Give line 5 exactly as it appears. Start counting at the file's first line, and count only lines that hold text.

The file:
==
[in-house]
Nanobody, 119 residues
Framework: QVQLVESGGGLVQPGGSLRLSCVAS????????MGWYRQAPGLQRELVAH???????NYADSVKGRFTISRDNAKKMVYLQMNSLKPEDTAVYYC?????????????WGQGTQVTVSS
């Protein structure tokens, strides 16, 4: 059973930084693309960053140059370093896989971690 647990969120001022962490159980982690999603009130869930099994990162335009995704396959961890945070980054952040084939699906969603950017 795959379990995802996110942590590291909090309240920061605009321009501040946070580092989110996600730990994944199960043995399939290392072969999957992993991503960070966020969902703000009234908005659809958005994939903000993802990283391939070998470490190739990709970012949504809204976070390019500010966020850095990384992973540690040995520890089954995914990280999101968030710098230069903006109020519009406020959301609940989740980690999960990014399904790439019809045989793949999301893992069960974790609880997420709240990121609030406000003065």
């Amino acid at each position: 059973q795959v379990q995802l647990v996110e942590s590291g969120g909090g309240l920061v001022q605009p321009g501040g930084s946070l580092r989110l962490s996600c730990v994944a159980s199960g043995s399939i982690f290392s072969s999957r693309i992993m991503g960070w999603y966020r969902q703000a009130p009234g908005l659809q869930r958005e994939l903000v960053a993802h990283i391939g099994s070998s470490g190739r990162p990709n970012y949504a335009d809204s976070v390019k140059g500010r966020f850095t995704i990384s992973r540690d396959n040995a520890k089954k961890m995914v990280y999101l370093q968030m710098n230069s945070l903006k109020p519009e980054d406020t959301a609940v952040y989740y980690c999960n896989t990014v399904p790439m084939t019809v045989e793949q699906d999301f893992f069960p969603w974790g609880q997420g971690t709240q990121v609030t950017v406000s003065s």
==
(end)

């Amino acid at each position: 059973q795959v379990q995802l647990v996110e942590s590291g969120g909090g309240l920061v001022q605009p321009g501040g930084s946070l580092r989110l962490s996600c730990v994944a159980s199960g043995s399939i982690f290392s072969s999957r693309i992993m991503g960070w999603y966020r969902q703000a009130p009234g908005l659809q869930r958005e994939l903000v960053a993802h990283i391939g099994s070998s470490g190739r990162p990709n970012y949504a335009d809204s976070v390019k140059g500010r966020f850095t995704i990384s992973r540690d396959n040995a520890k089954k961890m995914v990280y999101l370093q968030m710098n230069s945070l903006k109020p519009e980054d406020t959301a609940v952040y989740y980690c999960n896989t990014v399904p790439m084939t019809v045989e793949q699906d999301f893992f069960p969603w974790g609880q997420g971690t709240q990121v609030t950017v406000s003065s």